The 2023 session of the Kansas Legislature is nearing its halfway point, and it seems like a good time to check in with our area elected leaders. The first legislative forum is scheduled for 7:30 a.m., Feb. 18, at Sunset Zoo. The event is free of charge and open to anyone in the community. Thanks to our friends at AT&T for sponsoring.
Area legislators invited to participate include Sen. Usha Reddi (Manhattan), Sen. Kristen O’Shea (Topeka), whose district stretches into Pottawatomie County, Rep. Sydney Carlin (Manhattan), Rep. Mike Dodson (Manhattan), Rep. Kenny Titus (Manhattan) and Rep. Bill Bloom (Clay Center), whose district includes northern Riley County.
Manhattan is a better community when thoughtful, dedicated people of goodwill offer themselves for public service. The Manhattan Area Chamber of Commerce and the KSU Institute for Civic Discourse and Democracy seek to add value to that sentiment by offering an educational opportunity for individuals considering a campaign for local office.
In partnership with K-State’s Institute for Civic Discourse and Democracy, the Manhattan Area Chamber of Commerce is hosting a Candidate Skills-Building Workshop for those interested in seeking local office.
The workshop will be from 9 a.m. to noon, March 4 in the auditorium of the Manhattan Public Library. It is designed to give individuals with an interest in running for city commission or local school boards more knowledge about the process and structure of executing a campaign and fulfilling the responsibilities of office. Register here if interested.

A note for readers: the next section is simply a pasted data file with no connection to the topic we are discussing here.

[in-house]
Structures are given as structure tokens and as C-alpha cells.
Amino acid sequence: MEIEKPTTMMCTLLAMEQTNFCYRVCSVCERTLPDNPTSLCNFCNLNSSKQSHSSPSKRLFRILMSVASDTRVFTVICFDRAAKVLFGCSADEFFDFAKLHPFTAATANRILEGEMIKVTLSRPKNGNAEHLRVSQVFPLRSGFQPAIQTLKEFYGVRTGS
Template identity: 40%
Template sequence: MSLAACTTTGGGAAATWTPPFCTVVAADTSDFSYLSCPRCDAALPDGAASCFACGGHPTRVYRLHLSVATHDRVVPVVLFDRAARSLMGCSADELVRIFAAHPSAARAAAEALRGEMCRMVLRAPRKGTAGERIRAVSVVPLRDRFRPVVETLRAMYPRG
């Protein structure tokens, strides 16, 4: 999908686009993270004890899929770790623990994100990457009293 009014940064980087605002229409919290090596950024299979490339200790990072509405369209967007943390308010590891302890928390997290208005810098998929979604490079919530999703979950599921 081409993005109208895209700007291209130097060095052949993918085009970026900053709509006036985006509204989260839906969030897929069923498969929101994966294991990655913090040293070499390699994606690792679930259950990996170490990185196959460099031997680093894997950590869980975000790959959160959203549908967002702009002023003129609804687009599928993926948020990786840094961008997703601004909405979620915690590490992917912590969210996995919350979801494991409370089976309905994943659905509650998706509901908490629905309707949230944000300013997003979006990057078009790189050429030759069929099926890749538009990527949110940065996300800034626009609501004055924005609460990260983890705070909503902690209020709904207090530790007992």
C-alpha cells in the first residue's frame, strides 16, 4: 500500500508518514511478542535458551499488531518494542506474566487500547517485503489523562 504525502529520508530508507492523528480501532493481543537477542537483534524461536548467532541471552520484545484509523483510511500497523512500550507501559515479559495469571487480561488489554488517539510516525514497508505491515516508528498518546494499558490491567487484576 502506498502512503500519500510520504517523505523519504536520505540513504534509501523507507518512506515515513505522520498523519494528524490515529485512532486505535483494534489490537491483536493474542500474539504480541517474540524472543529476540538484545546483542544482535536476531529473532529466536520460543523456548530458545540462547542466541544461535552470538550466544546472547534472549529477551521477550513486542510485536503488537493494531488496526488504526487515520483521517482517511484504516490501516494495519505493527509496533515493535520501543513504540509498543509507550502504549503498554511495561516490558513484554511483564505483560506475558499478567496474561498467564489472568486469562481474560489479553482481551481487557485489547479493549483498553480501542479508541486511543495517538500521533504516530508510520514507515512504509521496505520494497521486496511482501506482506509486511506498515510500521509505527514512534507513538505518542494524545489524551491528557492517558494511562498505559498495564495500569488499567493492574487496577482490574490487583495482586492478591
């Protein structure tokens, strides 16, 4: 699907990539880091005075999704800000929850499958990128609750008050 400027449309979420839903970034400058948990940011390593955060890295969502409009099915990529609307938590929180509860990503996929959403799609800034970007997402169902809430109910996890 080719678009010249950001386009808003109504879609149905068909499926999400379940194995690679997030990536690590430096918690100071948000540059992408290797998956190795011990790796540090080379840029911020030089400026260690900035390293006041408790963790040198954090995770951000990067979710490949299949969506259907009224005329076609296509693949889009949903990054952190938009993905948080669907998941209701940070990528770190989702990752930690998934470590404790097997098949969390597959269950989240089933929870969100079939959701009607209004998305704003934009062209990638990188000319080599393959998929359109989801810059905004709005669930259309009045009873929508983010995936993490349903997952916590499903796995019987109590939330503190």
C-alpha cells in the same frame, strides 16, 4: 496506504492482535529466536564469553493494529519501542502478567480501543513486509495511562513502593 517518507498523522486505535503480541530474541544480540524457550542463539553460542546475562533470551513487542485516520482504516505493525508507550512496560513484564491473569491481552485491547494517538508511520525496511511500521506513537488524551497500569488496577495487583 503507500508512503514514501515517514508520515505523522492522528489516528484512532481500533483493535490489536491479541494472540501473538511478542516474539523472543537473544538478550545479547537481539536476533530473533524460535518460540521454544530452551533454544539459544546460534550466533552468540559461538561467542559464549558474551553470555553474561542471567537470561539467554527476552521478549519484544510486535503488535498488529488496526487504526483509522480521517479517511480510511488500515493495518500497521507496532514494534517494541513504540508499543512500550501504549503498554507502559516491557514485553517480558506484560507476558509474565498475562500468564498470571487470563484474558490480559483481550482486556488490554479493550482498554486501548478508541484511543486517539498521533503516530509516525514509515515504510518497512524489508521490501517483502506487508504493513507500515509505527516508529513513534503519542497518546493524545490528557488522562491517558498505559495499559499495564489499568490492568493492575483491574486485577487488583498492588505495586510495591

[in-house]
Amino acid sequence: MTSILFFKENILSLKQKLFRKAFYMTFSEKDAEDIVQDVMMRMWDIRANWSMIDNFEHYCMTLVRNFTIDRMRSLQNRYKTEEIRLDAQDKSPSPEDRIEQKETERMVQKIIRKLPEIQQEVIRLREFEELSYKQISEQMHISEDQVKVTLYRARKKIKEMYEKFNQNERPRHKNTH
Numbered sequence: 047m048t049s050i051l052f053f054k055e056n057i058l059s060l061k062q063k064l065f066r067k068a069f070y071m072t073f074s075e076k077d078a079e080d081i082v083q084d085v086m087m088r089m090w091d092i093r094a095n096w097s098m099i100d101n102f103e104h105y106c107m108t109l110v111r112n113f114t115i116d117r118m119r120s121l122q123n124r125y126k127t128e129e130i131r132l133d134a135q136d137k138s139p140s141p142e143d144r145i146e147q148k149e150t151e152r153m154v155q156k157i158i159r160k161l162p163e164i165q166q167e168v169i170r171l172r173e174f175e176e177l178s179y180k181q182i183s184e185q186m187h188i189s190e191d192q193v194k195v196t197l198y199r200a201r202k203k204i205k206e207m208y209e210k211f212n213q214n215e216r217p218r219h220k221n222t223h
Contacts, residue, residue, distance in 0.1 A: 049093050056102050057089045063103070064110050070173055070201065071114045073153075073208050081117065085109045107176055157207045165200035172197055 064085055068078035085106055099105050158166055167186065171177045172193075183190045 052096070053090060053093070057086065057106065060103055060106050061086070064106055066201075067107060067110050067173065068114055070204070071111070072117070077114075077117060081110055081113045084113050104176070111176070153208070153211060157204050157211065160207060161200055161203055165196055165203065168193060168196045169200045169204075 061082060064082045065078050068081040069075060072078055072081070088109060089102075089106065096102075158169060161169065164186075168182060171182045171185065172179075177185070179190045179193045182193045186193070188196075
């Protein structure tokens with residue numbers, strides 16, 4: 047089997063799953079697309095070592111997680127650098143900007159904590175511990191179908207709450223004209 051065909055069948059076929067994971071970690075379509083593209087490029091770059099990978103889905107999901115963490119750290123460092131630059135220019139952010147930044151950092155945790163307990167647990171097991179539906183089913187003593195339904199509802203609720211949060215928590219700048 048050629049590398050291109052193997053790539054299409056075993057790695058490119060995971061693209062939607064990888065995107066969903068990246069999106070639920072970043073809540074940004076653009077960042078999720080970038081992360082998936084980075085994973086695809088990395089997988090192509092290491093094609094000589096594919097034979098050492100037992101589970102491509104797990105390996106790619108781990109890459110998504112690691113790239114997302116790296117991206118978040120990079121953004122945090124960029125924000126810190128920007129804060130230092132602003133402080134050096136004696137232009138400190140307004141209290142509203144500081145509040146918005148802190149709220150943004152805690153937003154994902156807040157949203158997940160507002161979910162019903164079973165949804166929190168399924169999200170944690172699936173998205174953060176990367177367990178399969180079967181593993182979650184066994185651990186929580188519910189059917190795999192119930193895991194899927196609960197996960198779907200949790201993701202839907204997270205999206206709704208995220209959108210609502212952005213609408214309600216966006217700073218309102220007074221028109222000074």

Attendees will hear from subject matter experts on the rules and regulations surrounding campaign finance, messaging and marketing tools, the structure of a campaign organization, civic communication, requirement of elected officials, campaign timetable, and much more. The workshop will also feature a panel of individuals who have waged campaigns for local office to share their experience about what worked, what didn’t and what candidates can expect.
Municipal and school board elections in Kansas are conducted in odd-numbered years and are non-partisan by design. Candidates who run for these offices do not declare a political affiliation in the manner of those who seek a county, state, or federal office in even-numbered year elections.
The Manhattan Area Chamber of Commerce and our partners with the K-State Institute for Civic Discourse and Democracy envision a non-partisan, apolitical event. We welcome anyone who might have an interest in running for a seat on their local city commission or school board.